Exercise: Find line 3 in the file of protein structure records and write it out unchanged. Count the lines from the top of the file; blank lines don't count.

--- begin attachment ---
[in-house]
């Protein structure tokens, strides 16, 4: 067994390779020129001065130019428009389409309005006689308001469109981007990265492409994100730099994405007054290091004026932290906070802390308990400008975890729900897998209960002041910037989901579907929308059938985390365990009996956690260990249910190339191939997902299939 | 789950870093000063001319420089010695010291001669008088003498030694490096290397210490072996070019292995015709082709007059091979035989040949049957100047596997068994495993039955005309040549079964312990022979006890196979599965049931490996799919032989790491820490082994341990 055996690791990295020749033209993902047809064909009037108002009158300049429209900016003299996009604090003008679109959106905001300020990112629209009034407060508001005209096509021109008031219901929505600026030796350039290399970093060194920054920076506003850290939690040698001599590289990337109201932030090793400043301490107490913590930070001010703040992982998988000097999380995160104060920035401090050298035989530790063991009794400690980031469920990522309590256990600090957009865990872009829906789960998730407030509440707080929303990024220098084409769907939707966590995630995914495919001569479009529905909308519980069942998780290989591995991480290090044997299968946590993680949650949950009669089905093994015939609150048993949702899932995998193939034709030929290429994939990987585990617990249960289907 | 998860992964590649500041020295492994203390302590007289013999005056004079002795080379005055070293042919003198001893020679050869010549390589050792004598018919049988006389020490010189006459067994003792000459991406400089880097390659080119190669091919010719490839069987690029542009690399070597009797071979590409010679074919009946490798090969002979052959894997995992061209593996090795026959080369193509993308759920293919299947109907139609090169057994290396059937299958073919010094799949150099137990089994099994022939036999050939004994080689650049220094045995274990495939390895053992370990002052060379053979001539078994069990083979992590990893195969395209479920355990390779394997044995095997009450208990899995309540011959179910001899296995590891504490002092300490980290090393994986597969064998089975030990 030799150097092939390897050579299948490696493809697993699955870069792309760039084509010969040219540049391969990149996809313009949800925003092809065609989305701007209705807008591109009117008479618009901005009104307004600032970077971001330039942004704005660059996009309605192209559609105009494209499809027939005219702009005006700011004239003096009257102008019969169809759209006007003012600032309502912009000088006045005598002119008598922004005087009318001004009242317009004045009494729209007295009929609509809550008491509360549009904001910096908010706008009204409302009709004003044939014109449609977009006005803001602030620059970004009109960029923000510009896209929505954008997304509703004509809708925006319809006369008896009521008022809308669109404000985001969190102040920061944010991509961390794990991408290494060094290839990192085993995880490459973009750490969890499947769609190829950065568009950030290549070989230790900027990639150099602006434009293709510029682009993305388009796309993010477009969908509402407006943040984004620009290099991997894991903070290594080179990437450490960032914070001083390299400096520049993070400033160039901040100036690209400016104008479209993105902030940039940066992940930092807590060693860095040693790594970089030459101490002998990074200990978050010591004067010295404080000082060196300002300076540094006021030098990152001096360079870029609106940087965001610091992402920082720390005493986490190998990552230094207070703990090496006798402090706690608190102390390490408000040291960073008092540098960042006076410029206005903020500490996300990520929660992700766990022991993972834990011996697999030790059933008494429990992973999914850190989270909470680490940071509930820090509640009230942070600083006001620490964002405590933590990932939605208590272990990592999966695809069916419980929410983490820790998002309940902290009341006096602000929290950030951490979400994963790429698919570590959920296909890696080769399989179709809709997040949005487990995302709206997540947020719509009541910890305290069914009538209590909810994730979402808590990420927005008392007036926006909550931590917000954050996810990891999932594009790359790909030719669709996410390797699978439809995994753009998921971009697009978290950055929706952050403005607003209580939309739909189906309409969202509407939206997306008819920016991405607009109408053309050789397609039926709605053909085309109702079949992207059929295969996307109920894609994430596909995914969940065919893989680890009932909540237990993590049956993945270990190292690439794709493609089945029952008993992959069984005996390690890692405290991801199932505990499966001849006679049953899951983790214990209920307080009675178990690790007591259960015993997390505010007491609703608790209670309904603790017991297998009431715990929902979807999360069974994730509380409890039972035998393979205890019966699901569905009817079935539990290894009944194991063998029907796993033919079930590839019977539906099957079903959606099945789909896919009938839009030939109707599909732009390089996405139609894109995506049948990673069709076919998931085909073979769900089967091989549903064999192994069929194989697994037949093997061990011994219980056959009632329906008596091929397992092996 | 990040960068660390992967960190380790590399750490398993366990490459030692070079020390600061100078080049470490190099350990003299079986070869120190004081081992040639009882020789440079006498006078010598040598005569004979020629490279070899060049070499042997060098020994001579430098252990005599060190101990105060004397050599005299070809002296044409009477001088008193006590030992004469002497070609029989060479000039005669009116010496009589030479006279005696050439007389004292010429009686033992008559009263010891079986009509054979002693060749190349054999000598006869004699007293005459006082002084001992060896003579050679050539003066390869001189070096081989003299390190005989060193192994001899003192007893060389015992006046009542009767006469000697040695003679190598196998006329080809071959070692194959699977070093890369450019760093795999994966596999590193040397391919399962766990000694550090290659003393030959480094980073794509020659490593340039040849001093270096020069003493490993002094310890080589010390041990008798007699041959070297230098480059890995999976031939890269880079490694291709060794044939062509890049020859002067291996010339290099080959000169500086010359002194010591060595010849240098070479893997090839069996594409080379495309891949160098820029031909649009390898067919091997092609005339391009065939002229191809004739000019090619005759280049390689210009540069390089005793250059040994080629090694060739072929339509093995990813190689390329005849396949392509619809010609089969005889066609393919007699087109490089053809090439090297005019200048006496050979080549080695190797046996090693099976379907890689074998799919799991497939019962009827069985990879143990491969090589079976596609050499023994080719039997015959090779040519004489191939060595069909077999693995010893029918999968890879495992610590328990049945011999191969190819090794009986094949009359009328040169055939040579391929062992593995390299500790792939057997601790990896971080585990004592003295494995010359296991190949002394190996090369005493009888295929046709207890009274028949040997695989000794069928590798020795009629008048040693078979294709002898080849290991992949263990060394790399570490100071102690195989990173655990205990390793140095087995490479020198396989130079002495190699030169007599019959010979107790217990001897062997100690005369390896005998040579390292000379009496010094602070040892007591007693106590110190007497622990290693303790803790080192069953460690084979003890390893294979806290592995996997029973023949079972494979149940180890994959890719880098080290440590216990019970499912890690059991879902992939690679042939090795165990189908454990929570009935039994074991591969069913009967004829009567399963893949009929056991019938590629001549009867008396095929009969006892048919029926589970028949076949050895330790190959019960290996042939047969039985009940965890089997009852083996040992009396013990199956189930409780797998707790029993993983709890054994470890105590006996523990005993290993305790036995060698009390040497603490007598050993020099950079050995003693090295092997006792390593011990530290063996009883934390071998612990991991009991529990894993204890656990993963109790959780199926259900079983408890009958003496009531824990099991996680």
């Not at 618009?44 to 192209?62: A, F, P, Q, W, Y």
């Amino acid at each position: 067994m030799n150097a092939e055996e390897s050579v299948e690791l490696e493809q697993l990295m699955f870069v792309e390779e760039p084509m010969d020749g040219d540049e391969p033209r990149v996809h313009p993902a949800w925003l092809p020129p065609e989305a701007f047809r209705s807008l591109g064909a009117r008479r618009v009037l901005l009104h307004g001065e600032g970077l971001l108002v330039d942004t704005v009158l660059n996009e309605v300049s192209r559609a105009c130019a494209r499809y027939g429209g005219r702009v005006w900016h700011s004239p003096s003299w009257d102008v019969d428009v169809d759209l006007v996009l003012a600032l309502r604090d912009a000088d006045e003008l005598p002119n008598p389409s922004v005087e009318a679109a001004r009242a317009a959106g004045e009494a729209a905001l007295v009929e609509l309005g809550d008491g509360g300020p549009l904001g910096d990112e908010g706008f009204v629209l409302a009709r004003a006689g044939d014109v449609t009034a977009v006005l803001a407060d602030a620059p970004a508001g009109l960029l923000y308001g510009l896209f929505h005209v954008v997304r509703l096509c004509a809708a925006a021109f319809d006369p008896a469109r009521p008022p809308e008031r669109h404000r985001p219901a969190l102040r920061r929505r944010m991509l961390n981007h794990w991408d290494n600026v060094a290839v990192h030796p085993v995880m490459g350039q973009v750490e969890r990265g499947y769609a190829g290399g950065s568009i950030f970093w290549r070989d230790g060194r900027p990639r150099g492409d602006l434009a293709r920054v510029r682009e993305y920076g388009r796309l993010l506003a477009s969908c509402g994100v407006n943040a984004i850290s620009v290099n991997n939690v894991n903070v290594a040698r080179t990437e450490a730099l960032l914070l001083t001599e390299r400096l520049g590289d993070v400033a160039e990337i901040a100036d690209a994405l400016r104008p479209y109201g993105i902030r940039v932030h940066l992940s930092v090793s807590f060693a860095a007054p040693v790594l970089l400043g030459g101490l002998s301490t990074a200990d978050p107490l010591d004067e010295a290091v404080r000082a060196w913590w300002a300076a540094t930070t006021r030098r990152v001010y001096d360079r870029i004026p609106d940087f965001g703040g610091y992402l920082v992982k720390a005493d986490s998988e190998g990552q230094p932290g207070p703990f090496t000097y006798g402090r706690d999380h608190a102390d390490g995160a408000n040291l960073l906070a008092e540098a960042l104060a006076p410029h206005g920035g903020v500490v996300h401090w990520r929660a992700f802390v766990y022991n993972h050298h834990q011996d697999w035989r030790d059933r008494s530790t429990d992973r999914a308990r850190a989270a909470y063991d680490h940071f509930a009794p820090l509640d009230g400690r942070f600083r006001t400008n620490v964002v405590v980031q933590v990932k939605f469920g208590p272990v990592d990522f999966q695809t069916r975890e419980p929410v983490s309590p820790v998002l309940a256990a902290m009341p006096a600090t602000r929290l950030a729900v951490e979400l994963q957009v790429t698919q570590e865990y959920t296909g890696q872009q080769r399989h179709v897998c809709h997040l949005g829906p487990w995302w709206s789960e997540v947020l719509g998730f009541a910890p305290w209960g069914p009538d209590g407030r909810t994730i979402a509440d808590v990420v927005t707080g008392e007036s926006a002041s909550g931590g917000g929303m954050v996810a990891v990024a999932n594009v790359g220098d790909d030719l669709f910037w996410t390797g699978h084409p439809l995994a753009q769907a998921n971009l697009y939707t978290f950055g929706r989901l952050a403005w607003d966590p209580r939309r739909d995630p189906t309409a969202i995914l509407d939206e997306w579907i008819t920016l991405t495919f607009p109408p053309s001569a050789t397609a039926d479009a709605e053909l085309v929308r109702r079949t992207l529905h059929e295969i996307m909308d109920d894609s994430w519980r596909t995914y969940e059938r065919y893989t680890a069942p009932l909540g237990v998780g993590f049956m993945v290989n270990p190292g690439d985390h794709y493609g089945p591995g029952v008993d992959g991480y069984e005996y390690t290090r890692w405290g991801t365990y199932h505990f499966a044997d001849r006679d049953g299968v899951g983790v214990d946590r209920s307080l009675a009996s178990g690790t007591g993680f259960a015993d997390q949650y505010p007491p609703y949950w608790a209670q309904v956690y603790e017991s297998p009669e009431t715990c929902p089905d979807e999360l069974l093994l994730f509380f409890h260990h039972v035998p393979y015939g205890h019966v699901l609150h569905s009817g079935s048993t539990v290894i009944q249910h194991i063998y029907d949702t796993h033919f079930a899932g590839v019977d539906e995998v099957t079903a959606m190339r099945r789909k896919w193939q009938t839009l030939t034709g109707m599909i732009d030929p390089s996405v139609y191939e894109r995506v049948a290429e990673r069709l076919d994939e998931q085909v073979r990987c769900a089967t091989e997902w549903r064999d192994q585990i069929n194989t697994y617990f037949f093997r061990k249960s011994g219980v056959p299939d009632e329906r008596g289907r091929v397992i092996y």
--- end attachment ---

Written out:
């Not at 618009?44 to 192209?62: A, F, P, Q, W, Y």